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Julia Child

Mar 9 2012

Eggs Baked in Cream

by Patricia D

I don’t have cable television so when cable able members of my family started carrying on about Bobby Flay, Guy Fieri and Rachael Ray I had no idea what they were talking about.  In fact, when Paula Deen was a guest of the Georgia Center for the Book, I was able to get a signed copy for my aunt, who likes biographies.  I had no idea what I had done until she got the book and called me, all but squealing in delight.  My aunt, who does not like to cook, is a huge Paula Deen fan, thanks to cable.

All of these folks have made huge places for themselves in the cookbook, cookwear, take a cruise with a chef world.  To me, however, their shows aren’t nearly as much about teaching people to cook as they are pure entertainment.  Don’t take this wrong, because I assure you, when I do have access to cable you cannot pry me away from Iron Chef, and I think Guy Fieri is just darling, plus the show is okay too.  No, for me at least, the true royals in the world of television cookery are Jacques Pepin, Lidia Bastianich,  those crazy kids in America’s Test Kitchen and of course Julia Child.  I have gained so much knowledge from watching their programs over the years and even own a few of the companion cookbooks.  Jacques Pepin in particular, with his interest in healthy cooking (but not at the cost of flavor) and his frugal ways,  is my personal favorite.   His most recent book covers all his favorite recipes from a long and celebrated career, but it is the DVD in the back that was my favorite part.  He demonstrates his sublime skill as a teacher as he takes viewers through the basics of peeling vegetables, cooking eggs, deboning chicken and many other things.  Another of his books that is a personal favorite is Julia and Jacques Cooking At Home, which was the companion book to the PBS program of the same title.  The friendship between these two devotees of French cooking was so obvious it made viewing a delight and having their opinions in the book, side by side for each recipe, gives great direction to any home cook while leaving lots of room for creativity.  As for Julia Child, I have four words for you.  Eggs baked in cream.  Get your hands on a copy of Mastering the Art of French Cooking (which needed no companion PBS program) bake the eggs, wolf them down and then sigh in contentment.  Beat that, Rachael.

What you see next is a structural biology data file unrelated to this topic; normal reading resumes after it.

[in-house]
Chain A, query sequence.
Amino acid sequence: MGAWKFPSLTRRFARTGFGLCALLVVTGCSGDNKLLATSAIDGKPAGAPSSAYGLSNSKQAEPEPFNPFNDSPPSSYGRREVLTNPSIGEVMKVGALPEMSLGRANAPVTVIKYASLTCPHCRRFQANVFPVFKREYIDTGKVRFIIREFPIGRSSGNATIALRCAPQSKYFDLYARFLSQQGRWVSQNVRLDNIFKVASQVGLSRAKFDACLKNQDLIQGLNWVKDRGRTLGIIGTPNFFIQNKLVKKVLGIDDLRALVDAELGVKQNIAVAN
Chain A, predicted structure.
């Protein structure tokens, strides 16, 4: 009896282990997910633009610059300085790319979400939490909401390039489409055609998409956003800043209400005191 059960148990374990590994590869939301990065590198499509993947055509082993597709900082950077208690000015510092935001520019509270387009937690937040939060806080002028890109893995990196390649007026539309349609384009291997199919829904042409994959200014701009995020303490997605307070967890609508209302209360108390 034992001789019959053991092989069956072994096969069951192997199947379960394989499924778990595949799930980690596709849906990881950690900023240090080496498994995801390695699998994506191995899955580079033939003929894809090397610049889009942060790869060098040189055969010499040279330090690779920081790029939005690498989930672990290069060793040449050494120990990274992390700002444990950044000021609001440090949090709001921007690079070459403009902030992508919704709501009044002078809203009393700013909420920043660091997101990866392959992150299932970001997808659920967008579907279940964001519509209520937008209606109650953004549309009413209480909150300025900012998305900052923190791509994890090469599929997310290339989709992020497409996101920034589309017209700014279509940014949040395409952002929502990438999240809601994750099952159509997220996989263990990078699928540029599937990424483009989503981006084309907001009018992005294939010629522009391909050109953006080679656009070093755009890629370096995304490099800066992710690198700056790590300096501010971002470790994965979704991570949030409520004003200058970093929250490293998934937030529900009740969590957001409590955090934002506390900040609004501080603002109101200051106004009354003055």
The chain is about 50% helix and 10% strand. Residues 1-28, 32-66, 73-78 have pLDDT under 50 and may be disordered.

Aug 6 2010

ShareReads: YUM!

by ShareReads